5. Adjust the size of the line:
And there we are! Again, rounded bars. Cool, right?
The Pathway solution is a bit more advanced, though at the same time simpler than the Dual Axis solution. It is also cleaner: We don’t have to sniper the exact size of circles and bars to match them. And while you can color the circles differently in the Dual Axis solution (you might want to do that to highlight the round ends of the bar), you can color the whole bar in quite a fancy way with the Pathway solution:
6. Optional: Drag [Measure Names] onto Color in your Marks card:
Doesn’t this look nice?
A Word on Rounded Features in Data Visualizations
As always, when there are circles or round things involved in data visualizations, we get into the discussion around whether or not the aesthetics of our view trump the accuracy of our view. If pie charts could talk, they would probably make a case that they are being mobbed.
The argument with rounded bars is that the viewer cannot be sure where exactly the bar ends. Does it end where the rounded part begins or does it end where the rounded part ends? Of course, the truth is that whenever we deal with circles (same with our Pathway solution), the center of the circle is the mark of the data—meaning rounded bars seem bigger than their actual value:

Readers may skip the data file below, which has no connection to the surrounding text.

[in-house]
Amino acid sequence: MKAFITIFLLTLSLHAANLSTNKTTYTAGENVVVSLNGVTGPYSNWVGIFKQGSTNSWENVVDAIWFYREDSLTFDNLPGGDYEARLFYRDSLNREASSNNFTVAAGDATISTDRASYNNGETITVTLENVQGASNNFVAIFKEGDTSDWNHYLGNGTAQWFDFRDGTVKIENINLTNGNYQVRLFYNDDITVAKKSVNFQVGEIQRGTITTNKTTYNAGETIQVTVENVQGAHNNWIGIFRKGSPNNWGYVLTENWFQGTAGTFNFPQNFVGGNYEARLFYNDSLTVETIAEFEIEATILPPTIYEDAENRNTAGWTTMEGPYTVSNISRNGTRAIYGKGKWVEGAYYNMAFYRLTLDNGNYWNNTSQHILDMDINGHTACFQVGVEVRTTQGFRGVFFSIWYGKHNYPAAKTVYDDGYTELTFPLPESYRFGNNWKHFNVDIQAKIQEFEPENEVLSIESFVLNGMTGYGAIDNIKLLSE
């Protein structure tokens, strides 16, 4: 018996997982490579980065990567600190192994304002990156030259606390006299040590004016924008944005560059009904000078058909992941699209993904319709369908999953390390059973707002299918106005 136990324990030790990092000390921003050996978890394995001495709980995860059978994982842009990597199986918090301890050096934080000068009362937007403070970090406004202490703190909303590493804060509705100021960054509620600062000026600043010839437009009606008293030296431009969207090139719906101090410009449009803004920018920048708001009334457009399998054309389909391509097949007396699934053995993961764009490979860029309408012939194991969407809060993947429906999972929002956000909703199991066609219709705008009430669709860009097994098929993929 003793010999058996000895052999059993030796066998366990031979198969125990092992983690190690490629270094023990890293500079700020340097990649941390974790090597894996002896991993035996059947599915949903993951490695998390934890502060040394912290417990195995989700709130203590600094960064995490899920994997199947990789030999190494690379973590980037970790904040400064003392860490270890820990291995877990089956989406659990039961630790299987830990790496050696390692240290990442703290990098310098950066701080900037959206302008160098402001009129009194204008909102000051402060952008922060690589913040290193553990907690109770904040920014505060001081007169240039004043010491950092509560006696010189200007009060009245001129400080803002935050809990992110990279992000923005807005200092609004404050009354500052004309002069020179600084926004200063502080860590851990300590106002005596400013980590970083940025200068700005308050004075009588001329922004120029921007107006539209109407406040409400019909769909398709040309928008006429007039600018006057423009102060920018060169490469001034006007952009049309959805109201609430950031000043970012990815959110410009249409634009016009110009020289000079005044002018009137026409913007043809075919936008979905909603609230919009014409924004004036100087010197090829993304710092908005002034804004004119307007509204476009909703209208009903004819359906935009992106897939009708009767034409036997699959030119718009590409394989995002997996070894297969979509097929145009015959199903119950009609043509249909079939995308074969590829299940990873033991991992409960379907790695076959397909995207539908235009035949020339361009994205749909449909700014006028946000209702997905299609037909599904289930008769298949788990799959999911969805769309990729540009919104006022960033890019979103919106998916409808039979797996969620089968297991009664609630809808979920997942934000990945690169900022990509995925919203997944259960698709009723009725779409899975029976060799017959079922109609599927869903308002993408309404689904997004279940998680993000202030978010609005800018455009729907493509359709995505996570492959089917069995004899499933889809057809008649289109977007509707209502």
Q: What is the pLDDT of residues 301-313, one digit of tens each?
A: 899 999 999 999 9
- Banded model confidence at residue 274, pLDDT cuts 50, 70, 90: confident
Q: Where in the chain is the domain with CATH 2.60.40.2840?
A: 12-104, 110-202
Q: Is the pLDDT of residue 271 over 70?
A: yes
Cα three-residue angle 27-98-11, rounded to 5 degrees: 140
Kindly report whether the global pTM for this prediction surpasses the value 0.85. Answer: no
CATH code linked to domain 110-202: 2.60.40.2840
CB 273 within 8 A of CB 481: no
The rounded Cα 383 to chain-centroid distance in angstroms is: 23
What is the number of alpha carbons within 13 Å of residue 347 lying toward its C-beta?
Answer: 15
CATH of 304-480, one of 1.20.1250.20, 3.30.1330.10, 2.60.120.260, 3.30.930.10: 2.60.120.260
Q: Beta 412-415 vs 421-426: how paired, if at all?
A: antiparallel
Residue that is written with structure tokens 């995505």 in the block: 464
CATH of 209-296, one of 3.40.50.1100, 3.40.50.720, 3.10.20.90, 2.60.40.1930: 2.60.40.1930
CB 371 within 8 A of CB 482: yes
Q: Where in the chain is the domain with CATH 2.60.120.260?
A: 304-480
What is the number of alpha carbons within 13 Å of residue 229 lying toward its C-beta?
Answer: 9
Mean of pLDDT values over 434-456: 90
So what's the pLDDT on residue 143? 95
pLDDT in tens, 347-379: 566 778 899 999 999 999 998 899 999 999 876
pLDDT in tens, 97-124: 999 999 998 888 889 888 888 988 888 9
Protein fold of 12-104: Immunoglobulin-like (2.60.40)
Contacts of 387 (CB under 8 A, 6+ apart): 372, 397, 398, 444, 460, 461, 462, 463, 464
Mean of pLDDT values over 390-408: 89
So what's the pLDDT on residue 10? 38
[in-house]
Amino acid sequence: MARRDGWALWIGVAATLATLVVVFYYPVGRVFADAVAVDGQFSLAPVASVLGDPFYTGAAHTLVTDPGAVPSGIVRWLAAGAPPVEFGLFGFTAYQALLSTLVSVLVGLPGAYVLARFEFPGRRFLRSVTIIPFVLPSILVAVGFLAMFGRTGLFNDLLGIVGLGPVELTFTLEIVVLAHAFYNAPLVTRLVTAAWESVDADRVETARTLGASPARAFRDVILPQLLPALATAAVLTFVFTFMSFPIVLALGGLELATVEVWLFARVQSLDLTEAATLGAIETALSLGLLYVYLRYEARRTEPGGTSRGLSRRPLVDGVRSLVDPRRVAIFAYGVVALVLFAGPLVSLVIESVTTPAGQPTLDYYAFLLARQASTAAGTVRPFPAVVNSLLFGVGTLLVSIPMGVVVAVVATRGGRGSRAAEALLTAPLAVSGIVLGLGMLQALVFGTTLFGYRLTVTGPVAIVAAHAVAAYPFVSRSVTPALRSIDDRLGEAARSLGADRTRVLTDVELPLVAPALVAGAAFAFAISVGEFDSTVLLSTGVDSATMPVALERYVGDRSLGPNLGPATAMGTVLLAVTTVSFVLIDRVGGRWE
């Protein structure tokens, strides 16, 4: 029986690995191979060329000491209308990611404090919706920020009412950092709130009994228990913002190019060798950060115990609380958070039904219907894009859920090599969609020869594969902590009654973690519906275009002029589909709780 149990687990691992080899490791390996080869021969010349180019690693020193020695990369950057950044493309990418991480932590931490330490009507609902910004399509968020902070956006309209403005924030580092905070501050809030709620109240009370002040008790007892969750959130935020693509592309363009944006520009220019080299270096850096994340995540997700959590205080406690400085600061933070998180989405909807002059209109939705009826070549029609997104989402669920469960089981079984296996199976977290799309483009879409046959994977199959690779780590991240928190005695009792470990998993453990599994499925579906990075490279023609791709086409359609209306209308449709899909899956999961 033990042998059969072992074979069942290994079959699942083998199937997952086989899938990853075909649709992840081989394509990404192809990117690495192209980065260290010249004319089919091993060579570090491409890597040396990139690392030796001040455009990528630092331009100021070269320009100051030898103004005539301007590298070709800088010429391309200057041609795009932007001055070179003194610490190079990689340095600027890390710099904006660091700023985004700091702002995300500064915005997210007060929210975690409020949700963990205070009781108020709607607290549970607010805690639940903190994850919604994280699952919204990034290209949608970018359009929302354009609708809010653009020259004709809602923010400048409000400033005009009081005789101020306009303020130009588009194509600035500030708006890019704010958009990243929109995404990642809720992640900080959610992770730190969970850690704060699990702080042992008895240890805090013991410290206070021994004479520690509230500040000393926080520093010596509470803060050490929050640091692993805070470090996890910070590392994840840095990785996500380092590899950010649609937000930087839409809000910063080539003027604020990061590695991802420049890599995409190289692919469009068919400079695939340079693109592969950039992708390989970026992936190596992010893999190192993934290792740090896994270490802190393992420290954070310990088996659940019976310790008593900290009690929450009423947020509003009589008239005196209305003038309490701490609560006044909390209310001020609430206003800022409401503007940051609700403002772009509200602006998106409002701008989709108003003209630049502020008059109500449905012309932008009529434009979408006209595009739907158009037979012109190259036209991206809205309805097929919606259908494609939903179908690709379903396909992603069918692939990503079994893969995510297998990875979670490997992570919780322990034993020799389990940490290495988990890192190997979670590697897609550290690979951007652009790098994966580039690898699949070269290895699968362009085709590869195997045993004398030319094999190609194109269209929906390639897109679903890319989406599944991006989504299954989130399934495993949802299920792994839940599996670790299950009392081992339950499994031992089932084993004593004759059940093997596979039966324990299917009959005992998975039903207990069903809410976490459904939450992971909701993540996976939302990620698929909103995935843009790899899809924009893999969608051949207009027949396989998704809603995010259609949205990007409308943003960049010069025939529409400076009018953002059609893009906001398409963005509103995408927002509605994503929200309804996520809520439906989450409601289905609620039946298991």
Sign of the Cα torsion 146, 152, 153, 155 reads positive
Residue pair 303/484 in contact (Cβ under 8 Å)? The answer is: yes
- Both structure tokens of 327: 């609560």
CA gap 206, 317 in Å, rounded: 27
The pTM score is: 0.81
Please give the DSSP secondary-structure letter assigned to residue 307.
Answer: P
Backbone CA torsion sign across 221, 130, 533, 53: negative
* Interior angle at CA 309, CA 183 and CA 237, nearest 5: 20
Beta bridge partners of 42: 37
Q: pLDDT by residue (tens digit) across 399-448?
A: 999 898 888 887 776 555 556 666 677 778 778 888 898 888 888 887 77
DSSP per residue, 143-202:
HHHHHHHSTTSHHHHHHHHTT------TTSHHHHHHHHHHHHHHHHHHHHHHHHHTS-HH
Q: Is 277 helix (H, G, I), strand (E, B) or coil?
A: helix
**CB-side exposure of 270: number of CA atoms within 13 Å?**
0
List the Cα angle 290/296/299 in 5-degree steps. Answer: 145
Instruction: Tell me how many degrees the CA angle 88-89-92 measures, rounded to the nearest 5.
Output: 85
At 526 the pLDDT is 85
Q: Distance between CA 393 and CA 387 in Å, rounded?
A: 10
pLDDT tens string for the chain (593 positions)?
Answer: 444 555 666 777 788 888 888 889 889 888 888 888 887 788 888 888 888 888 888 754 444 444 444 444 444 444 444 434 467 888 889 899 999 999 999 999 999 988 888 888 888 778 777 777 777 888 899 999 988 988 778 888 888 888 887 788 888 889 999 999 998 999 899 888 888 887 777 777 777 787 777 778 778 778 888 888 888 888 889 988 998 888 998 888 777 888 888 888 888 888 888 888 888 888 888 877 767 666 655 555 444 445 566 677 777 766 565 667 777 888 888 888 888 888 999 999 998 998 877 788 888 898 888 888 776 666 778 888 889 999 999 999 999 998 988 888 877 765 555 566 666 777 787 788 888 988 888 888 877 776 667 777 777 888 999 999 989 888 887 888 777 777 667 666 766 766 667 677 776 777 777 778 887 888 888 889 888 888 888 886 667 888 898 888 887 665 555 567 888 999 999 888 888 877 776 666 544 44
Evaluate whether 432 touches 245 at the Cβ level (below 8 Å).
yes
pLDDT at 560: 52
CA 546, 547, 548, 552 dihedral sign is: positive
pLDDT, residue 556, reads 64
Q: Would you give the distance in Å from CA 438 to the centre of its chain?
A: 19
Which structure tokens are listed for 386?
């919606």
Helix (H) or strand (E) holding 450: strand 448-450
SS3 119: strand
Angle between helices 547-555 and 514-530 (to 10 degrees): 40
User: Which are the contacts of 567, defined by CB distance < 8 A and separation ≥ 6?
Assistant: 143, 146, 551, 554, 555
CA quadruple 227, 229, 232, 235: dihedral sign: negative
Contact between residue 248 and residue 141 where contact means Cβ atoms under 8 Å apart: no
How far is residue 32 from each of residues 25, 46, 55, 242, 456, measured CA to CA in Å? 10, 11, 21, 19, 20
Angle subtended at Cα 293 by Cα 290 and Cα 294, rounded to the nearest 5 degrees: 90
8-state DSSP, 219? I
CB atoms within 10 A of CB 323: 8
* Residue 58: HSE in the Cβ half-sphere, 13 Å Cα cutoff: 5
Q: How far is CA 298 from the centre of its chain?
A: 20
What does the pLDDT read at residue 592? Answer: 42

I will still defend rounded bars. They work best when we don’t need to see written numbers next to them. Let’s not forget: the viewer might not be interested in the numbers at all. He or she usually wants to see the relation between the bars – which one is bigger than the other? As the rounded bars do that like any other bar chart, it becomes a question of aesthetics. And, at least to me, rounded bars look far more pleasing to the eye.
If there is one thing I have learned when dealing with visual analytics, it’s that the end users who are actually using our visualizations and dashboards need to have fun when they do it. There is no better way to raise adoption rates and make them feel comfortable, even in the most complicated dashboards!